In an interview with IFC Guernsey, William Mason discusses the obstacles and opportunities that maintaining a robust regulatory regime presents for the Island’s financial services sector and its reputation on the international stage.
IFC: How important is Guernsey’s regulatory regime to the success of its financial services sector?
William Mason: Guernsey’s proportionate, risk-based approach to regulation is an integral component of the financial services sector. It contributes to the island’s success as an international financial services centre, enhancing its excellent reputation as a good place to do business. Financial services firms and their clients are increasingly looking to place their business in reputable jurisdictions which have a demonstrable track record in providing good regulation to international standards.
IFC: How would you describe the relationship between the Guernsey regulator and the private practitioners on the island?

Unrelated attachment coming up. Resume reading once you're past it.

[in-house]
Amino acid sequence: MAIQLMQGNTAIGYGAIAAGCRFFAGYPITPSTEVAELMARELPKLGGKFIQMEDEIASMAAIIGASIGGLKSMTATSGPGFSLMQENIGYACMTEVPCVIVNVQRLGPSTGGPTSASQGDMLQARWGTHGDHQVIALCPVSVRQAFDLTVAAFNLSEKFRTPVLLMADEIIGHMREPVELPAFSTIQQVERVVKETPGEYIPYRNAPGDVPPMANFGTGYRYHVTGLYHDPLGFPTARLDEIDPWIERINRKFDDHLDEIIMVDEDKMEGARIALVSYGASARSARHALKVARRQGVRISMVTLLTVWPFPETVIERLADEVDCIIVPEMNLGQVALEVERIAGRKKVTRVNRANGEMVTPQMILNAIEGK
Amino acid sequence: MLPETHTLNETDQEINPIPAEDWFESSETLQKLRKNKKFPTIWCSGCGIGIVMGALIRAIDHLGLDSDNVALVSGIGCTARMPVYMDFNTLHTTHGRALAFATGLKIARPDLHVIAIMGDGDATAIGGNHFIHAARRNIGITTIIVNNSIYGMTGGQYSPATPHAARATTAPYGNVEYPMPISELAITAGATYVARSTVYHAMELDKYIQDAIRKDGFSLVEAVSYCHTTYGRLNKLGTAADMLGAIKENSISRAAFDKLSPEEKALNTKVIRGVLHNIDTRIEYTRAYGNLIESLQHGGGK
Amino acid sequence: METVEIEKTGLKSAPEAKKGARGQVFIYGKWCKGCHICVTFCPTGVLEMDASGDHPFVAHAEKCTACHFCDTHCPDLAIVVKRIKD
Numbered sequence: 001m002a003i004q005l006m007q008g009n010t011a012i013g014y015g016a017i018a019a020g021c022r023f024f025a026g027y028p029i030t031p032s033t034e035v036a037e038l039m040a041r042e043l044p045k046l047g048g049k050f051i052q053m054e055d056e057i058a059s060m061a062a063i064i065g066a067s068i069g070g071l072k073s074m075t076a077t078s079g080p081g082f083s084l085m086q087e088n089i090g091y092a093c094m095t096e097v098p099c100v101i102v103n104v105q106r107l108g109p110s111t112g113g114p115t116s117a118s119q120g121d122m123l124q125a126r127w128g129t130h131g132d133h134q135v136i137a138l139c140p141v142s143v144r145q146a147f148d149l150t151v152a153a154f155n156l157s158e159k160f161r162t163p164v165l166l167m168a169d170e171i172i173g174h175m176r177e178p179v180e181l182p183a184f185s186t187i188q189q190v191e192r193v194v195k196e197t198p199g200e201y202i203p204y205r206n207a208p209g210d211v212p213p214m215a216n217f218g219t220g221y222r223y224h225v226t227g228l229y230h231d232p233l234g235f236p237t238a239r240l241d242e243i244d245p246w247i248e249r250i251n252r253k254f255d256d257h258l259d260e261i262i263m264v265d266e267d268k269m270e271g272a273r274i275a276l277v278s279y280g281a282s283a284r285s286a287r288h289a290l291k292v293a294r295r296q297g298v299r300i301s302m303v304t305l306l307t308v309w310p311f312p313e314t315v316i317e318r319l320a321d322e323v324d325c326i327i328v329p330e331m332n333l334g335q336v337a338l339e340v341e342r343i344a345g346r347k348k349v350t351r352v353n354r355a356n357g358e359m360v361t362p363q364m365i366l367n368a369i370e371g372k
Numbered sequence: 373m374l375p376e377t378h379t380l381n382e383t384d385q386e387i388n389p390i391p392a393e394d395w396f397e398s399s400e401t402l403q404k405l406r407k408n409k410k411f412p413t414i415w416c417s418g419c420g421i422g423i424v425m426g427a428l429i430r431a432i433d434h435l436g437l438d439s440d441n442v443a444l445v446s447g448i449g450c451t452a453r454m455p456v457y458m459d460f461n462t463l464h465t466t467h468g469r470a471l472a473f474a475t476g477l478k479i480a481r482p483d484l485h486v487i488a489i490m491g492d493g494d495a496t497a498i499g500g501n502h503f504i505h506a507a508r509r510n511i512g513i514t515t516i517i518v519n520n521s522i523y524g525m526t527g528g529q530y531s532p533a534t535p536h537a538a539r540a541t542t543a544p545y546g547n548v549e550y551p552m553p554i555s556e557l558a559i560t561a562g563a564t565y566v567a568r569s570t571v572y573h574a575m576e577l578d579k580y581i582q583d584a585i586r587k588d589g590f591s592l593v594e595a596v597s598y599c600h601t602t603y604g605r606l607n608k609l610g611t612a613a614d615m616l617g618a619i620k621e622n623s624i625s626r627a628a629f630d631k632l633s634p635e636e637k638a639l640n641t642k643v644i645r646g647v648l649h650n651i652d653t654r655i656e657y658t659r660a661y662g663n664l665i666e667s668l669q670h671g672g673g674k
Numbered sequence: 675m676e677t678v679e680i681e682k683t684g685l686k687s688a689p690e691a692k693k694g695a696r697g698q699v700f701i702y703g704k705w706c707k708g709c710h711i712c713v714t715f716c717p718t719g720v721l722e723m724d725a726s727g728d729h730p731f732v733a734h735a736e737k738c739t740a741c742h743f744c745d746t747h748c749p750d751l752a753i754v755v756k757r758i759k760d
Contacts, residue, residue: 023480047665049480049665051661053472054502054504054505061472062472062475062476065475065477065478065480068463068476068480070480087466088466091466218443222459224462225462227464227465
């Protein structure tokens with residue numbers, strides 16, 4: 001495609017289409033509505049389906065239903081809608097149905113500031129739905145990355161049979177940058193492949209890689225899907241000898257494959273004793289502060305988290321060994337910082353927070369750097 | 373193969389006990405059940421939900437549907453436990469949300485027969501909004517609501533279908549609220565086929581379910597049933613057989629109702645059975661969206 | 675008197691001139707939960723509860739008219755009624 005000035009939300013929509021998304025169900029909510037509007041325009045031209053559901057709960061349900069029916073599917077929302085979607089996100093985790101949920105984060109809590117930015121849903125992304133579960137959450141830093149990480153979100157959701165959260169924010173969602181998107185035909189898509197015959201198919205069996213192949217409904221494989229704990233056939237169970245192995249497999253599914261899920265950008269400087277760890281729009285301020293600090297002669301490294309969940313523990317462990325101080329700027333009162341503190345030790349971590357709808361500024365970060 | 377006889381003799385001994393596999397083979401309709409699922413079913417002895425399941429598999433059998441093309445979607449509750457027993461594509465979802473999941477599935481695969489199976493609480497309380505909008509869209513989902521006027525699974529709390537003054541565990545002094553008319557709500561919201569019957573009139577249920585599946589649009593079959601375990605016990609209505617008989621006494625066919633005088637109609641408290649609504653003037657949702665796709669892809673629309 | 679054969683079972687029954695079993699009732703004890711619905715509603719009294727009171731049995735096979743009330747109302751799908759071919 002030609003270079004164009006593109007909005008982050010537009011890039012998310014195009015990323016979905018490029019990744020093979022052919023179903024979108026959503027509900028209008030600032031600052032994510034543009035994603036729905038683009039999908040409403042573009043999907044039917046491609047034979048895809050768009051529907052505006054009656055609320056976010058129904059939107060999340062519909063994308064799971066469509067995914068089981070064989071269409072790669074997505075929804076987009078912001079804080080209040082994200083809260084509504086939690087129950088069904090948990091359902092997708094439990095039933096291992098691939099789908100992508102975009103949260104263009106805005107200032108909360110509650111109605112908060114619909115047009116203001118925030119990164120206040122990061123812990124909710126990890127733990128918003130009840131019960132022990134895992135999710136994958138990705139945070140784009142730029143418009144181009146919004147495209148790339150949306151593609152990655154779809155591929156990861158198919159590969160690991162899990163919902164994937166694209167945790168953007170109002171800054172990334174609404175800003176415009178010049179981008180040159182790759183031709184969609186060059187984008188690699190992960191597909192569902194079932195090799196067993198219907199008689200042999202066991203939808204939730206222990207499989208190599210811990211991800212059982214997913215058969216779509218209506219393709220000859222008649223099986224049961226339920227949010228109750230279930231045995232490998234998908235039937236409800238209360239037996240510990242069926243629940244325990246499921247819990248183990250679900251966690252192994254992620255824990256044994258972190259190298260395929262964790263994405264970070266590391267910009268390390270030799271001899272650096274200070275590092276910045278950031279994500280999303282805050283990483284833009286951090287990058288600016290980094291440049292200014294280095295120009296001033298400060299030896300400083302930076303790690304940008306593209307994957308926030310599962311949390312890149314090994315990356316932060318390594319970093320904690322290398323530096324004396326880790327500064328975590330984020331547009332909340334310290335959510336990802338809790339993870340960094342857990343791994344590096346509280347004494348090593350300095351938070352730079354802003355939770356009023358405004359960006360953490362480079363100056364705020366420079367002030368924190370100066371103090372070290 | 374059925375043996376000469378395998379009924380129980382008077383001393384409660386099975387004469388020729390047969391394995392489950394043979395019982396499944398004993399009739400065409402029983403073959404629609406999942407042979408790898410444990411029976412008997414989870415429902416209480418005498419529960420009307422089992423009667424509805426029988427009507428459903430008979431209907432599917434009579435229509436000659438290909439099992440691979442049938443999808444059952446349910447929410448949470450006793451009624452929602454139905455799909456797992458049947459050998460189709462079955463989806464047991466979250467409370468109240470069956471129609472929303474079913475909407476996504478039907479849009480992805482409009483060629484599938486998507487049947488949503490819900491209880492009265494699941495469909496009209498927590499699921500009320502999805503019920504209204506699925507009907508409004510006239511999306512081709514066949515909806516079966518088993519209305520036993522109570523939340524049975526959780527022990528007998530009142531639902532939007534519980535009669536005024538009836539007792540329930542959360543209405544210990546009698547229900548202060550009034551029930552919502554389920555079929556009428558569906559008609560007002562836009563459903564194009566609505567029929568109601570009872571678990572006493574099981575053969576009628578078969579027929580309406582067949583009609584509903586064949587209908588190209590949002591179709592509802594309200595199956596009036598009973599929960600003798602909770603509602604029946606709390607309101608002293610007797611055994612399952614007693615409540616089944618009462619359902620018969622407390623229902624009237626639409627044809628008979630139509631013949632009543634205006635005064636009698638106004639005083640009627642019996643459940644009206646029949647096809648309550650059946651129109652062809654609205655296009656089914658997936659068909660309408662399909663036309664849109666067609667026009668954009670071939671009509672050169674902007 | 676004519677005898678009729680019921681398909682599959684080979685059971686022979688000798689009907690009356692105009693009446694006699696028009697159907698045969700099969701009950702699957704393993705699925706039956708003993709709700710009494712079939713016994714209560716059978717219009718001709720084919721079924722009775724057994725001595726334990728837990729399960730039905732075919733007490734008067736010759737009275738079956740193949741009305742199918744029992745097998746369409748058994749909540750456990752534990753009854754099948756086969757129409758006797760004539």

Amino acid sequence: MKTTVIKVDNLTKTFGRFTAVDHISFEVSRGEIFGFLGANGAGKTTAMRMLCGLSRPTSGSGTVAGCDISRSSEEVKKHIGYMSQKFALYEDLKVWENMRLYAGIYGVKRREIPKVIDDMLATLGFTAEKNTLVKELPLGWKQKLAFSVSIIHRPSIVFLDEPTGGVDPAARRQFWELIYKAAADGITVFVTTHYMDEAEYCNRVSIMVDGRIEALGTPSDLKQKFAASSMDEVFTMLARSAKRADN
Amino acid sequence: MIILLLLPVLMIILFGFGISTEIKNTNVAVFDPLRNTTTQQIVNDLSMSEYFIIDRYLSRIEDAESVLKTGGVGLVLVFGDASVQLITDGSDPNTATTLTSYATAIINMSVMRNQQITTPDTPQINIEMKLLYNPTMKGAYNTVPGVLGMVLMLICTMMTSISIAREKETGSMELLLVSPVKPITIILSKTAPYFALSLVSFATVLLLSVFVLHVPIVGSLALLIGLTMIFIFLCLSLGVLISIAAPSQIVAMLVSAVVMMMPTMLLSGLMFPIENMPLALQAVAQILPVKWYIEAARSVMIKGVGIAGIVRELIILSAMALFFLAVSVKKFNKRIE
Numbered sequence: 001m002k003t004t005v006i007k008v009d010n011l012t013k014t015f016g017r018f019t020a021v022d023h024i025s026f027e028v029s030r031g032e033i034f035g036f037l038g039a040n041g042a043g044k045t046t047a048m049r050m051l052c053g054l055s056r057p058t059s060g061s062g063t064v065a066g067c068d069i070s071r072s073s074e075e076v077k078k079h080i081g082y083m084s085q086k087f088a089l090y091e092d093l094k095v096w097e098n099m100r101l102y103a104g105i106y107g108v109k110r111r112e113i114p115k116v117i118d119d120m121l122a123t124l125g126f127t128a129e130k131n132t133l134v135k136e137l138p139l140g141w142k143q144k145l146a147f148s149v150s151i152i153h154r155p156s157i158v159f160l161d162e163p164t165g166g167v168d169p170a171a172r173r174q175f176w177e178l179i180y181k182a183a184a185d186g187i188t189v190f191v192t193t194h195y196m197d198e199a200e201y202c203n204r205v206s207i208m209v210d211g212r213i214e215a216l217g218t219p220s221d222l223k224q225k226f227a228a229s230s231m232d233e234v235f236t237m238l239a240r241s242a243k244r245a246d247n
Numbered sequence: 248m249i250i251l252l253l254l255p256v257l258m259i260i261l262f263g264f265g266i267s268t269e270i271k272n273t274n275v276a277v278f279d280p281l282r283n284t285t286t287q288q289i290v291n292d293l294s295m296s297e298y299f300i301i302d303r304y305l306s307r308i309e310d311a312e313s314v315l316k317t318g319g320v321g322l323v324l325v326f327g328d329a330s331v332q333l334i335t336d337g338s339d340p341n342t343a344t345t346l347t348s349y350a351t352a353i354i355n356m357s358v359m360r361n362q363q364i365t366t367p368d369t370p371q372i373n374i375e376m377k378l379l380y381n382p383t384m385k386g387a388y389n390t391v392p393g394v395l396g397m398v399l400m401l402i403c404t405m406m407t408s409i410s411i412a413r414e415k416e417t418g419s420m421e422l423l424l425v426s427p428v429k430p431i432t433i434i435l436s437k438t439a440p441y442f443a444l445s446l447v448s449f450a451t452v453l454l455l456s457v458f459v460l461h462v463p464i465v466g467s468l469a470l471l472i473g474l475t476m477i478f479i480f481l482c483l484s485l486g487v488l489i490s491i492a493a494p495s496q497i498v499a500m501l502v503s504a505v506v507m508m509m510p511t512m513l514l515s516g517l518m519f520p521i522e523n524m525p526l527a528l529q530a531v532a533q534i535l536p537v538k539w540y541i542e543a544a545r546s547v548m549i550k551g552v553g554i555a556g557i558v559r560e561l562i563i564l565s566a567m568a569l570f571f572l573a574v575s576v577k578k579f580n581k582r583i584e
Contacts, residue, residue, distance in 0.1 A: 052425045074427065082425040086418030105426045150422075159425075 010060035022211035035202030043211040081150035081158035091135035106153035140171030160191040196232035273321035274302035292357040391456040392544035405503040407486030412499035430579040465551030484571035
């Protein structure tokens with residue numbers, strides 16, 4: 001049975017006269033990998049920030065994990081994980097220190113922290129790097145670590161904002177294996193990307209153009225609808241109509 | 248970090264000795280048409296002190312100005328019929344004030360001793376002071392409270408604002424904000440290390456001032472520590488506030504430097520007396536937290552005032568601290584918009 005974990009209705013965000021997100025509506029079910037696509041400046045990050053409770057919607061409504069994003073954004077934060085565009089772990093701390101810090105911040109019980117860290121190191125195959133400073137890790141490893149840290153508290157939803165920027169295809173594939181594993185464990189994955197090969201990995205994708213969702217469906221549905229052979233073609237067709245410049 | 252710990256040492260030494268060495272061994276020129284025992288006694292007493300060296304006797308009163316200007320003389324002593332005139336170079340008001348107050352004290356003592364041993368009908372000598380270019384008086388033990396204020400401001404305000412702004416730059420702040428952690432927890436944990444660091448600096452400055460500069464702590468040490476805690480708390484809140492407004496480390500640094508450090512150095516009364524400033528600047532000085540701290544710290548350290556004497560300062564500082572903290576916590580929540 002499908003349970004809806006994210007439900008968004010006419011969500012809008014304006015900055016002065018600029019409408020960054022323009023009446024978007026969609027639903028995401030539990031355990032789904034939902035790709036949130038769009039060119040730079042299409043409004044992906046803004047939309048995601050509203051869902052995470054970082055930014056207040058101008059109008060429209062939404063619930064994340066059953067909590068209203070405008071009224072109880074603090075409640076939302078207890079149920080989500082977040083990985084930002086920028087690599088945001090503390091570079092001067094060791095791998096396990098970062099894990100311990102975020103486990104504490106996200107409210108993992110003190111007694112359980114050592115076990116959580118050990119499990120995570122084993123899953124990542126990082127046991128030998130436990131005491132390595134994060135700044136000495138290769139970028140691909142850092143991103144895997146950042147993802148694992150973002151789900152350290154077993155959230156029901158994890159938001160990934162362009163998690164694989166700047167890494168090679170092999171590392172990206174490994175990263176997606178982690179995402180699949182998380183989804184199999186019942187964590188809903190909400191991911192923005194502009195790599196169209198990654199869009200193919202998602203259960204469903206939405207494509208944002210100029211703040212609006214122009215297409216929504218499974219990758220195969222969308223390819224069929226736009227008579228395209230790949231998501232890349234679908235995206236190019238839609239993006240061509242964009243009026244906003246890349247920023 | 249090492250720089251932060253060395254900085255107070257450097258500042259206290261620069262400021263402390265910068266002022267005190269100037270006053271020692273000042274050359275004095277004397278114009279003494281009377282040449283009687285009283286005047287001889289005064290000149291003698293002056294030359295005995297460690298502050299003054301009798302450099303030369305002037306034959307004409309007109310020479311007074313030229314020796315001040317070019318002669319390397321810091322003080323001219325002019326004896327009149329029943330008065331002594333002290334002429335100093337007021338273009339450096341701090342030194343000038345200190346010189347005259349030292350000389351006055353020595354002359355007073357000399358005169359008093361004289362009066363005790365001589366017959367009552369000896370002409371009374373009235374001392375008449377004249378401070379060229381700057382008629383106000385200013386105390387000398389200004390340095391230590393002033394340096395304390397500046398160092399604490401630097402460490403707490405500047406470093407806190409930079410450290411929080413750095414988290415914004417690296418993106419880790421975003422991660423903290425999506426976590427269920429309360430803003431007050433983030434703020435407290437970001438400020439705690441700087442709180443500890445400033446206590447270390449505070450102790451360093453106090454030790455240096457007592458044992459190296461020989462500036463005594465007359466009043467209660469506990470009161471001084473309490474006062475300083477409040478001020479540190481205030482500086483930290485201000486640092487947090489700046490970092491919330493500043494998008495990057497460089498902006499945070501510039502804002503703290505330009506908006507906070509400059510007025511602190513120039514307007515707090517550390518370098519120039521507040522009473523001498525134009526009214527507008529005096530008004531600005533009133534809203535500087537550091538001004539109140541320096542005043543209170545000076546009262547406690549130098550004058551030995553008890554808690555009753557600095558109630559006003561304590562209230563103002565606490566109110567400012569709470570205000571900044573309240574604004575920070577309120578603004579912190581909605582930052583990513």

WM: The Commission has a constructive working relationship with the main industry bodies, with all parties respecting where the boundaries are drawn. The Commission hr regular dialogue with those bodies so that issues and areas of mutual interest can be explored at the earliest opportunity. The Commission also promotes an open communications policy to ensure firms and individuals are aware of its requirements and expectations so as to avoid any ‘surprises.’
IFC: How important is it for the GFSC to be innovative in its approach to regulation of the industry or is it more important to be seen to implement the regulatory demands being made by the likes of the EU and the OECD?
WM: It is a question of how we do both of these rather than how we do one or the other. Firms change constantly, particularly in response to new technological changes and it is important that we can understand what they are doing to keep up from a regulatory perspective. We have recently been having discussions with other regulators to appreciate how they are considering using data analytics to enhance their understanding of the firms they regulate, and we have made moves in this direction in recent years through our investment in regulatory technology. In terms of regulatory demands from overseas actors, Guernsey has long had a policy of meeting all relevant international standards from the international standard setters – these being the Basel Committee, the Financial Action Task Force, the International Organisation of Securities Commissions and the International Association of Insurance Supervisors.